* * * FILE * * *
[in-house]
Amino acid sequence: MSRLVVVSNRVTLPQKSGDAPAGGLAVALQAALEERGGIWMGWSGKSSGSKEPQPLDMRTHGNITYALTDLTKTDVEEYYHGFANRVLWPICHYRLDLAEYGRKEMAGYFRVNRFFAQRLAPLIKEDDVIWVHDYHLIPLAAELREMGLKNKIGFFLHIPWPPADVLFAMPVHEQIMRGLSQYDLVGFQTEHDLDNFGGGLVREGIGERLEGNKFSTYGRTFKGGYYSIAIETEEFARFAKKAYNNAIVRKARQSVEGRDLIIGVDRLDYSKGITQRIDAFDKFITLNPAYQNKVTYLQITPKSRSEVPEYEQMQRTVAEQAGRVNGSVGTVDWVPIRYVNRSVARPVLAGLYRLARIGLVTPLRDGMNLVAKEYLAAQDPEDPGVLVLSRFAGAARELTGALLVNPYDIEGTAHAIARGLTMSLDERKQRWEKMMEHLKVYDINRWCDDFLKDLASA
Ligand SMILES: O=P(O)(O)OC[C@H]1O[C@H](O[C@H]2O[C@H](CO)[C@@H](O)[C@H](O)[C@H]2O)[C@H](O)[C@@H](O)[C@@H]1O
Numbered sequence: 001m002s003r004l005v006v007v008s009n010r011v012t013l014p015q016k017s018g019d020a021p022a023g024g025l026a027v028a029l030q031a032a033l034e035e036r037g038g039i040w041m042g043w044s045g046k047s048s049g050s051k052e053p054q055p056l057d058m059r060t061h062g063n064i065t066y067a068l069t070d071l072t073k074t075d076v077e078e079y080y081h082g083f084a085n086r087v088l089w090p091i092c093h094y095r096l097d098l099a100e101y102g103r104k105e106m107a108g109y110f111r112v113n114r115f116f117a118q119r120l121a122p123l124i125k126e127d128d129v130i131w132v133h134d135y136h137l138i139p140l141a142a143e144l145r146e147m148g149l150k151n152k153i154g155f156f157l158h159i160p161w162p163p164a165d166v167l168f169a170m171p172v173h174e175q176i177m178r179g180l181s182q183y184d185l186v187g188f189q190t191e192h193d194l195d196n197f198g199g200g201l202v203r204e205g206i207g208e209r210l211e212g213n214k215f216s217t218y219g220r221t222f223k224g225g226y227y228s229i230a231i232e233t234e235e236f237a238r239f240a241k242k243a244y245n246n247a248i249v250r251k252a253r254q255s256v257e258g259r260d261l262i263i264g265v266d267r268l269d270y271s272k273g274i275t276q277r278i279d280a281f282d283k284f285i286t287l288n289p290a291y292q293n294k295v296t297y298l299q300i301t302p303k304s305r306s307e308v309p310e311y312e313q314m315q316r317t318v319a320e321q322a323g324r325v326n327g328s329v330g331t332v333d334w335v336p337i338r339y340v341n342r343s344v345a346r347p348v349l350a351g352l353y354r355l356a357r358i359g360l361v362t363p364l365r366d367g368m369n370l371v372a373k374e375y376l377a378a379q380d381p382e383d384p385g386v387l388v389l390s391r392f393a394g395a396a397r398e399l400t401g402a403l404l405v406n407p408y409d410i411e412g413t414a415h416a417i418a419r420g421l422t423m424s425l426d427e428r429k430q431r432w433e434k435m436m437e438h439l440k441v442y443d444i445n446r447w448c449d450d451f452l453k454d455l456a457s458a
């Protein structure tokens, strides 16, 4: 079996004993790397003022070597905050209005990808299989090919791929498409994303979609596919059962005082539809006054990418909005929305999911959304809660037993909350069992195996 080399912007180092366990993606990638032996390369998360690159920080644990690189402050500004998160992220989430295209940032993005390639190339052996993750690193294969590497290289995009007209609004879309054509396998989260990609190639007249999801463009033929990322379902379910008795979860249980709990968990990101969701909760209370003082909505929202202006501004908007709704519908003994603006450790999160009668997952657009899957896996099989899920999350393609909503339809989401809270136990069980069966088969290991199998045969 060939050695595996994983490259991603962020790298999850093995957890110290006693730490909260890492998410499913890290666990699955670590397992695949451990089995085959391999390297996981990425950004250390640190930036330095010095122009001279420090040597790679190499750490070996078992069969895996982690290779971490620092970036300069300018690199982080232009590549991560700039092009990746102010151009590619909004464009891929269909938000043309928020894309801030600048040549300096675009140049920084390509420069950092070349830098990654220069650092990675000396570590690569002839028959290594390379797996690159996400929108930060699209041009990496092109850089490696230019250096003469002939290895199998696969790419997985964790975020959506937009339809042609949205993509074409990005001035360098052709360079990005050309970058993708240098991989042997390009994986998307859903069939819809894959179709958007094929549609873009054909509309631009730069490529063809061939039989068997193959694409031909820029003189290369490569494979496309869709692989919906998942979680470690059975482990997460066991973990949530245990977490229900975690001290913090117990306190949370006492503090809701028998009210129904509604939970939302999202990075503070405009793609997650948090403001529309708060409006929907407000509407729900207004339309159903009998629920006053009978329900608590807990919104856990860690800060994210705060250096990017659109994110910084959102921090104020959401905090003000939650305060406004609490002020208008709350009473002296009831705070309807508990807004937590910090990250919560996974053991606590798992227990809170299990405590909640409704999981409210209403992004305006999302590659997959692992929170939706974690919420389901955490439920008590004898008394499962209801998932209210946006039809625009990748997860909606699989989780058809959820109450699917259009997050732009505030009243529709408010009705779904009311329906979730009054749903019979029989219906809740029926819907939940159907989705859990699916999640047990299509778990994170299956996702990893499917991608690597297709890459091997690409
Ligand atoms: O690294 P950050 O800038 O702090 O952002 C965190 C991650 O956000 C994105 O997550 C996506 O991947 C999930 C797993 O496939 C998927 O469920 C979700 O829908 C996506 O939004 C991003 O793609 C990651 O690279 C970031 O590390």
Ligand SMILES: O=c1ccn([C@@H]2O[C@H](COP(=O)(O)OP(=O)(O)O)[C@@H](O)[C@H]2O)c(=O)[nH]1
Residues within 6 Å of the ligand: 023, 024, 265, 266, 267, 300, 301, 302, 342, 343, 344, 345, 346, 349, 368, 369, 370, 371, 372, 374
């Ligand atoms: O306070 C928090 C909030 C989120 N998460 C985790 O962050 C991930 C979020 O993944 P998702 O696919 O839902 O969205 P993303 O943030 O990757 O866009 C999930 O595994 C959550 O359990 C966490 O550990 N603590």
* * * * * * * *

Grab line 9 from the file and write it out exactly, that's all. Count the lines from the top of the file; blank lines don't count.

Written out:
């Ligand atoms: O306070 C928090 C909030 C989120 N998460 C985790 O962050 C991930 C979020 O993944 P998702 O696919 O839902 O969205 P993303 O943030 O990757 O866009 C999930 O595994 C959550 O359990 C966490 O550990 N603590």